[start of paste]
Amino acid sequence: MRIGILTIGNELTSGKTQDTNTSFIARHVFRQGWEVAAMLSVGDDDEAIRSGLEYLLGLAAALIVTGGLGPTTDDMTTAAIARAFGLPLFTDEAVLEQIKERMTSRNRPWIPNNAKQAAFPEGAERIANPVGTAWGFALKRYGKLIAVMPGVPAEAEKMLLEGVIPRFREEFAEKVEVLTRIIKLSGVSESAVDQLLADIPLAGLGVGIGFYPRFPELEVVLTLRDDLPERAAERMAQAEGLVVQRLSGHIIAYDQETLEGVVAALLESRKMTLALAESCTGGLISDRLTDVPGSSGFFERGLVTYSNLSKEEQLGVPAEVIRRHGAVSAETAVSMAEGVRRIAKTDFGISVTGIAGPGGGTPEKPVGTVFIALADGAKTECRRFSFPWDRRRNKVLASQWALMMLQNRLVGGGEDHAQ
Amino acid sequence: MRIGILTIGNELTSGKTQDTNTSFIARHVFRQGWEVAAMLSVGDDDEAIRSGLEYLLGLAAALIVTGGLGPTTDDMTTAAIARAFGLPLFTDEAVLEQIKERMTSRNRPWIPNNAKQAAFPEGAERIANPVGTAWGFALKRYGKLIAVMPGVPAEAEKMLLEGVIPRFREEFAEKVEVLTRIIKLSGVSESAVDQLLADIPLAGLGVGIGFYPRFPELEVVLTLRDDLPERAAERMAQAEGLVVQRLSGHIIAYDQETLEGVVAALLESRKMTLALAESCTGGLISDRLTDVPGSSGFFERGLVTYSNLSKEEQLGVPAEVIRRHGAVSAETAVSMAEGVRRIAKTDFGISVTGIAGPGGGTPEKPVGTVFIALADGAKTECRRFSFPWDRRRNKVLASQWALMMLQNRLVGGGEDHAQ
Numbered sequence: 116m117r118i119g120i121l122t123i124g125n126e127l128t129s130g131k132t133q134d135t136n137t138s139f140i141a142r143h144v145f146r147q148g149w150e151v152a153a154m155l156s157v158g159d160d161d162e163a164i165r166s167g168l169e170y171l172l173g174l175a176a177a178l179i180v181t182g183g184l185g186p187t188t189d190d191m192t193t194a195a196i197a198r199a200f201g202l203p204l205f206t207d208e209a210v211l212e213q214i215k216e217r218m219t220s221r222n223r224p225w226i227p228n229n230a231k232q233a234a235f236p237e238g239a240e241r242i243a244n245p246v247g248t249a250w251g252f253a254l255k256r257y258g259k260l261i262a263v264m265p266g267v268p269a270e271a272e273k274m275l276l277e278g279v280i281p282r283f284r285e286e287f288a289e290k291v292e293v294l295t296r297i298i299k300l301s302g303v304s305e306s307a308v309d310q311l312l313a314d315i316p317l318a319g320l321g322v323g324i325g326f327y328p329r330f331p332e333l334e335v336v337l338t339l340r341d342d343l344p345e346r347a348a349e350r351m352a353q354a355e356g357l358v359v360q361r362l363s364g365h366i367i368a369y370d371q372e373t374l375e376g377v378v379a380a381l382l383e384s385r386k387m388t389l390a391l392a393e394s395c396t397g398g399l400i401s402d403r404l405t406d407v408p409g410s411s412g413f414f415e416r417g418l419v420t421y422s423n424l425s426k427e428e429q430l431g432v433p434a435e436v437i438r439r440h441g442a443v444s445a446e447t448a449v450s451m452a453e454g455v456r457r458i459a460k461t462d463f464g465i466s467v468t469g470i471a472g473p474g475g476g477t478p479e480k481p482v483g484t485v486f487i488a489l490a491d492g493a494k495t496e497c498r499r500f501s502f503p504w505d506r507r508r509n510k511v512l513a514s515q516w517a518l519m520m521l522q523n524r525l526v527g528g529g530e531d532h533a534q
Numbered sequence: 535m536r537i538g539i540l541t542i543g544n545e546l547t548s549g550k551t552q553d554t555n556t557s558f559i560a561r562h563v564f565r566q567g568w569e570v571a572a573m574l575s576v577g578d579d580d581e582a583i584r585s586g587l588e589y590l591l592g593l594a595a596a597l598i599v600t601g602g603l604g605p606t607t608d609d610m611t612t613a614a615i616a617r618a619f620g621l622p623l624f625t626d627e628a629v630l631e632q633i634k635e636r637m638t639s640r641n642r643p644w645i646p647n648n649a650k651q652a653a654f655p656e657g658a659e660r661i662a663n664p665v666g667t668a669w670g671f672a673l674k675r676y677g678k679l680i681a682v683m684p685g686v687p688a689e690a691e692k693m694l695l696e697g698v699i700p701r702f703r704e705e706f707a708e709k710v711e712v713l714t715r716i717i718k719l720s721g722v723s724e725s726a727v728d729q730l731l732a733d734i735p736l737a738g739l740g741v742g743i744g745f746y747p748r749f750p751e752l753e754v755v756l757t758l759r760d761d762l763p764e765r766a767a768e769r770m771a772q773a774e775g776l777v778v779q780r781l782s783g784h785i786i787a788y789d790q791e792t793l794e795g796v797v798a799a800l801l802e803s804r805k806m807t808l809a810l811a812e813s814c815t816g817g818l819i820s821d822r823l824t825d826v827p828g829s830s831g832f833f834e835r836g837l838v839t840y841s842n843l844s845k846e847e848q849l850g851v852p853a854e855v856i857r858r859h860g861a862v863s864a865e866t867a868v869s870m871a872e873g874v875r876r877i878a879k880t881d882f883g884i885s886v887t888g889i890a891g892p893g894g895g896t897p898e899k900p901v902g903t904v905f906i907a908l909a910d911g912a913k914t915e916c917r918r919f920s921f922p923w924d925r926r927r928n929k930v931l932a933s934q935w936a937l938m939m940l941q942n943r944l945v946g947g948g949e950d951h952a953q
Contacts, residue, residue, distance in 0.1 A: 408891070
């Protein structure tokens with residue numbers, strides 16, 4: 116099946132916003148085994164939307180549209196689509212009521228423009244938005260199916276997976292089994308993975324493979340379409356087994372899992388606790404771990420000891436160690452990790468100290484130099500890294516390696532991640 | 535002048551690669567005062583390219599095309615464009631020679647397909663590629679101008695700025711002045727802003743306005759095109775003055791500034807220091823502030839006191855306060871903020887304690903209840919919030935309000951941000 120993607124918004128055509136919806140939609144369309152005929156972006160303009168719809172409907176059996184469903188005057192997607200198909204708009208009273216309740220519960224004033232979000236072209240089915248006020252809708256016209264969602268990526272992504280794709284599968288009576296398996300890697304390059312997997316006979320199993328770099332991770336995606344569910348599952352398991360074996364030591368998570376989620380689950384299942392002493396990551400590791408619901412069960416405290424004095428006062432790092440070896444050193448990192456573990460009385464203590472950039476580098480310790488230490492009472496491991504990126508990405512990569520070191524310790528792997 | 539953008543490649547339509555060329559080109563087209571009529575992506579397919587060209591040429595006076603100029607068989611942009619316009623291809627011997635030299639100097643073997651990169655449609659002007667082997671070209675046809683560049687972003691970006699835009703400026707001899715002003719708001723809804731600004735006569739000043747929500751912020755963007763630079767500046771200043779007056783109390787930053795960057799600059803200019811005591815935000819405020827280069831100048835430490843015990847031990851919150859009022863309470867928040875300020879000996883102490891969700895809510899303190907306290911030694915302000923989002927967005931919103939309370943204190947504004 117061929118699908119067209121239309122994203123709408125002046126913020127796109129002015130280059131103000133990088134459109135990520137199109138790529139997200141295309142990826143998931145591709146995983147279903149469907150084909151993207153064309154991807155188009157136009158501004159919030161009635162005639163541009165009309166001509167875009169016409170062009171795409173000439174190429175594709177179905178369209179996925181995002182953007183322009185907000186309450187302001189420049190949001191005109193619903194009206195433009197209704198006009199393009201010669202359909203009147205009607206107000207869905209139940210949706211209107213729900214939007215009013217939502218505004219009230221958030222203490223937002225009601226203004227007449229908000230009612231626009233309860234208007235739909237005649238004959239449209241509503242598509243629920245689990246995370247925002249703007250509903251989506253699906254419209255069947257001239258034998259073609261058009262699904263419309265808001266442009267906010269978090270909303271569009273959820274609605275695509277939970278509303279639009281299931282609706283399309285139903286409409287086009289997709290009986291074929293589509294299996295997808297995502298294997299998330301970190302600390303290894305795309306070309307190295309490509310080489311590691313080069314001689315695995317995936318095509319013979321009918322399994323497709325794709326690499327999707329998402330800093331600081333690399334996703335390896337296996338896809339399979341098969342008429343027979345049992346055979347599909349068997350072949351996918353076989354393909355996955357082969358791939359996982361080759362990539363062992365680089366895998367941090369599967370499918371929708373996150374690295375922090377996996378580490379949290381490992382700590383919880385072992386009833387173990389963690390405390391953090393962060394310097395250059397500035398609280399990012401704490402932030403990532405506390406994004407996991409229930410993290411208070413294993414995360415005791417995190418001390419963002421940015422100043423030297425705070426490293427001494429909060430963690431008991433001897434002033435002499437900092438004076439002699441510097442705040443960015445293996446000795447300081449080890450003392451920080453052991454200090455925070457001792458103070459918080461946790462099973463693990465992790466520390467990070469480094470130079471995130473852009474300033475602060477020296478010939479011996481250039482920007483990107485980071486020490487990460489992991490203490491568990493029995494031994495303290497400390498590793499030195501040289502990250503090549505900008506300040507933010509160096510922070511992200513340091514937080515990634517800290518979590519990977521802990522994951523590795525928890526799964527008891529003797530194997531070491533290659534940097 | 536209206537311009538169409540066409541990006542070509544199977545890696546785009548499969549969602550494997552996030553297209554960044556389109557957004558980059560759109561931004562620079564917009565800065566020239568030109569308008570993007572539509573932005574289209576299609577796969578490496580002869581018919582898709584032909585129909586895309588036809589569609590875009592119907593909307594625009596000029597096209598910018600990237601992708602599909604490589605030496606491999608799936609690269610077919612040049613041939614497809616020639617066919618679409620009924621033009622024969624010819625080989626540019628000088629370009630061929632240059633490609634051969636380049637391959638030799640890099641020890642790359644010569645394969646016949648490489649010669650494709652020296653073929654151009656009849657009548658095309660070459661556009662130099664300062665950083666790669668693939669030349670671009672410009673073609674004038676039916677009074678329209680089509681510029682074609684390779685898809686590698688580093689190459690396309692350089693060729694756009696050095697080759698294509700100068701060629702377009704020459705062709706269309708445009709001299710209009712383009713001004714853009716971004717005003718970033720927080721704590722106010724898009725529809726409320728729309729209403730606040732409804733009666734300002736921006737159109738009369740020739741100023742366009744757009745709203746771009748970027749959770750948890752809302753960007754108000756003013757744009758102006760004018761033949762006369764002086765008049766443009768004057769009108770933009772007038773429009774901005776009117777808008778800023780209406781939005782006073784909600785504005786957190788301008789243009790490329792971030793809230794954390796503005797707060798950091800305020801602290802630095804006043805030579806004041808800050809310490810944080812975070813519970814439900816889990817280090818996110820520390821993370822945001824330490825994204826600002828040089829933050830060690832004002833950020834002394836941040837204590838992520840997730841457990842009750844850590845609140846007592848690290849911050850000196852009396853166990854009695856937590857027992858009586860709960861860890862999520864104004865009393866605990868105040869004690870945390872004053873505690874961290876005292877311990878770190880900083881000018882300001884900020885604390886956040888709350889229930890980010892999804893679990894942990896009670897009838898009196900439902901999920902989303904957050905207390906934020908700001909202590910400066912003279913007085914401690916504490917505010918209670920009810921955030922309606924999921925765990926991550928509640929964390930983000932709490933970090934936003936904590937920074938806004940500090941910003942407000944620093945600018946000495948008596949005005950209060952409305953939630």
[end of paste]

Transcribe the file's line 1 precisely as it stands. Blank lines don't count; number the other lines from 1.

Amino acid sequence: MRIGILTIGNELTSGKTQDTNTSFIARHVFRQGWEVAAMLSVGDDDEAIRSGLEYLLGLAAALIVTGGLGPTTDDMTTAAIARAFGLPLFTDEAVLEQIKERMTSRNRPWIPNNAKQAAFPEGAERIANPVGTAWGFALKRYGKLIAVMPGVPAEAEKMLLEGVIPRFREEFAEKVEVLTRIIKLSGVSESAVDQLLADIPLAGLGVGIGFYPRFPELEVVLTLRDDLPERAAERMAQAEGLVVQRLSGHIIAYDQETLEGVVAALLESRKMTLALAESCTGGLISDRLTDVPGSSGFFERGLVTYSNLSKEEQLGVPAEVIRRHGAVSAETAVSMAEGVRRIAKTDFGISVTGIAGPGGGTPEKPVGTVFIALADGAKTECRRFSFPWDRRRNKVLASQWALMMLQNRLVGGGEDHAQ